In August BCST among other supporters groups in the West Yorkshire area were invited to an Independent Advisory Group Jointly set up by West Yorkshire Police and FSA. The intention of this group is to consult and discuss a variety of issues that are predominantly about match day issues.
These can be issues such as parking up in and around the grounds, issues relating to Supporters Coaches and away fan travel to the match day experience before during and after, and relate to how the Police deal with incidents, and we discuss how we can take things forward, learning from previous experiences. These meetings are on a monthly basis.
Incidents that have been brought to the attention of this forum have been pitch invasions, flairs, the filming of fans as they enter some football grounds and incidents of racism. Recently ahead of our home fixture we had an incident where so-called City fans were taunting a 67 year old black man – a fellow city fan also making his way to the ground, with monkey noises. Understandably, there is pressure to ban fans causing anti-social, and discriminatory behaviour. The EFL and member clubs have to be seen having a tough stance and clubs face fines for such behaviour. The discussions have led to debate other forms of punishment especially aimed at young people who maybe influenced towards criminality such as various forms of education, such as community work and attending meaningful training that can provide a toolkit that will allow a young person to be more self aware whilst at the same time provide social and employment / training opportunities. See the FSA link ‘Giving Education a chance’ here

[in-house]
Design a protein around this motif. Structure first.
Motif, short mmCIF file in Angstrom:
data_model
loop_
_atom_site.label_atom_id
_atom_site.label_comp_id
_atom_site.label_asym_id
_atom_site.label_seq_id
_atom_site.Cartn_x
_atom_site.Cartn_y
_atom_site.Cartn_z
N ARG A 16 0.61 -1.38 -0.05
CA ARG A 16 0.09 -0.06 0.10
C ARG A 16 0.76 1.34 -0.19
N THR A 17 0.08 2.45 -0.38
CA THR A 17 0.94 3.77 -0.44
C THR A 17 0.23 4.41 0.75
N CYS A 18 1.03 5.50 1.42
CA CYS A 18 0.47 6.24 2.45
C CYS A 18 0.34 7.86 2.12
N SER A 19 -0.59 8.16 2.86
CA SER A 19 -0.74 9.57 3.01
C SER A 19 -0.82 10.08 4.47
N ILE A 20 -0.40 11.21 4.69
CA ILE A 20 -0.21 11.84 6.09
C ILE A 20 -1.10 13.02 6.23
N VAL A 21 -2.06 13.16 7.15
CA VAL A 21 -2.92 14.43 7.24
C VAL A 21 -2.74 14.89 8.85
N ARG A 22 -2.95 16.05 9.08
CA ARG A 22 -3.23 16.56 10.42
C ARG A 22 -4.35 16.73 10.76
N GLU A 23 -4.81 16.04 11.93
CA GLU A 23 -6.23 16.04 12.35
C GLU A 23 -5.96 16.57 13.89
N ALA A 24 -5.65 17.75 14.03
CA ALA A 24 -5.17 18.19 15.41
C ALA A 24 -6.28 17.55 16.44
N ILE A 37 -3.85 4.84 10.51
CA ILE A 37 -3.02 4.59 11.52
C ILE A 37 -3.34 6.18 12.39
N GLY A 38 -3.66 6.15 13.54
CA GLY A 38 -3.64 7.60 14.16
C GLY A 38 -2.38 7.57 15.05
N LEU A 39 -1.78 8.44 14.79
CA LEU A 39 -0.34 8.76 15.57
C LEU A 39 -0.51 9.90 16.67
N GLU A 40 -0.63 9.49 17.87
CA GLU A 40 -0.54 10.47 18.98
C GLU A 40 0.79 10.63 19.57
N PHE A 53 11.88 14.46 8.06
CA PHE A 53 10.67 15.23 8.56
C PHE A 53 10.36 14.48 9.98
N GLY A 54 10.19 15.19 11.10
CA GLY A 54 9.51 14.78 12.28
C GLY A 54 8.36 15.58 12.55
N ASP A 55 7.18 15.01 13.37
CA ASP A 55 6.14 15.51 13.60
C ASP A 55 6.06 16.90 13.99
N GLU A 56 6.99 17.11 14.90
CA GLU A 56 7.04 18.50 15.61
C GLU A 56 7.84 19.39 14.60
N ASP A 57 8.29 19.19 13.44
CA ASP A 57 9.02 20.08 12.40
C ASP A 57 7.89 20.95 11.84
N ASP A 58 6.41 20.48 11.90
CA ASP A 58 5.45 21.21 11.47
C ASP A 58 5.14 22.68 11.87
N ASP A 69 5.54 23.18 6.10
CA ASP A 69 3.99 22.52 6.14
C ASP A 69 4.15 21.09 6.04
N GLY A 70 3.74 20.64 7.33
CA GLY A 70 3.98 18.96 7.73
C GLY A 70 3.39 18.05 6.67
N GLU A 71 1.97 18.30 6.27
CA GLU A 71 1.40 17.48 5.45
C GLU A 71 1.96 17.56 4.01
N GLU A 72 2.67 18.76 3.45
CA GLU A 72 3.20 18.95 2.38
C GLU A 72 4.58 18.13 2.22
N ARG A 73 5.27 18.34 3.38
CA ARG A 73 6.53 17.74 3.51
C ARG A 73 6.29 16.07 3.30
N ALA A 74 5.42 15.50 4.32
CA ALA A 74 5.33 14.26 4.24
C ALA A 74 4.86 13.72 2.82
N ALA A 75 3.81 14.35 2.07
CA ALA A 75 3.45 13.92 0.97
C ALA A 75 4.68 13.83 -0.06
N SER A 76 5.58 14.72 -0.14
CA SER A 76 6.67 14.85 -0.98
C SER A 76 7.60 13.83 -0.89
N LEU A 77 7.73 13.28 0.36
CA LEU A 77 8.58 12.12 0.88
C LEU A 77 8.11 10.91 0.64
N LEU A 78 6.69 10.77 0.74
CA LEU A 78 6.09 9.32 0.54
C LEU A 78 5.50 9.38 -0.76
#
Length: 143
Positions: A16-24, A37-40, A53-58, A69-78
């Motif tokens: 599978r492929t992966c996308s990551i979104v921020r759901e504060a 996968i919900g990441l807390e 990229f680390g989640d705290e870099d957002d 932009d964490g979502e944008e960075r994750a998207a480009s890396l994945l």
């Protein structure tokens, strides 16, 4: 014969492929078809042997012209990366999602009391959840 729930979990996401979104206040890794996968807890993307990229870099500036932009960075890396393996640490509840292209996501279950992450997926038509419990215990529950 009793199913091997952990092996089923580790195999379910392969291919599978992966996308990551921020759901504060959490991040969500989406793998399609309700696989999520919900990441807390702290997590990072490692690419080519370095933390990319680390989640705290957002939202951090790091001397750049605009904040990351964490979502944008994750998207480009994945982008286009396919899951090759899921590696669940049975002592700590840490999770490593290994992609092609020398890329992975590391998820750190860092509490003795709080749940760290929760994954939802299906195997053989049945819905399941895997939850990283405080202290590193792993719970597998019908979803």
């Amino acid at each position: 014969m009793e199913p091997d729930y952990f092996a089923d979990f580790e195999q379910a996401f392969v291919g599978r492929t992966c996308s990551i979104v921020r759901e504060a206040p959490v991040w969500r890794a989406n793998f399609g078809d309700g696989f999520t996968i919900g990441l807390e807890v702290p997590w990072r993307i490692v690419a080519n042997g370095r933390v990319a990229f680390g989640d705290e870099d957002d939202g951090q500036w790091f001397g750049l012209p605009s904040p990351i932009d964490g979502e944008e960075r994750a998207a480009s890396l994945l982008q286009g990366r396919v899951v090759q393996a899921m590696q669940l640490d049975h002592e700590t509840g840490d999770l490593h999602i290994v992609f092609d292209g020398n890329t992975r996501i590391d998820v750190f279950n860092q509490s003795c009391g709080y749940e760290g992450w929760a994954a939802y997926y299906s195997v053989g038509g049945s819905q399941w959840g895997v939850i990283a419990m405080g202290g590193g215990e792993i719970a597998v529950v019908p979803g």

Bans and lifetime bans are really a short-term sticking plaster that don’t address the issue that racism or any other form of discrimination and anti social behaviour is a social product of alienation and being marginalised. The option of training does not have all the answers either but it can potentially change the direction of youngsters in the here and now if it is meaningful. The racist monkey chants have evidently come from the media’s high profile reports of English Black players being taunted in stadiums in Eastern Europe, whether it’s the England team or Clubs in Europe, and even at home including on social media.
A real answer that would cut across racism and other malignant social problems would be a huge investment in jobs, homes and public services for all which would see a real rise in living standards for the many, but that won’t happen on its own, we as football fans and as members of society, in our workplaces and communities can fight to make that happen.
The Police authorities have to make cuts to their budgets, that means, it will impact on their resources when it comes to their match-day operations. What this means in real terms now is that they have been looking at ways that they hope they’ll be more effective with less – and this is by being more community facing and being seen to support communities and supporters’ events and having a low key visual presence where they see fit. They themselves note that a high visual presence where officers have been ‘tooled up’, in perceived ‘high risk’ fixtures have had the opposite effect to being a deterrent.
In the face of the Police efficiency savings, a new research-led crowd management project called ENABLE is currently being run by Keele University and the EFL that could help transform the way in which future matches are policed and stewarded. The project will be a collaboration between the police forces, Clubs, the EFL and FSA. To see more about this please click here.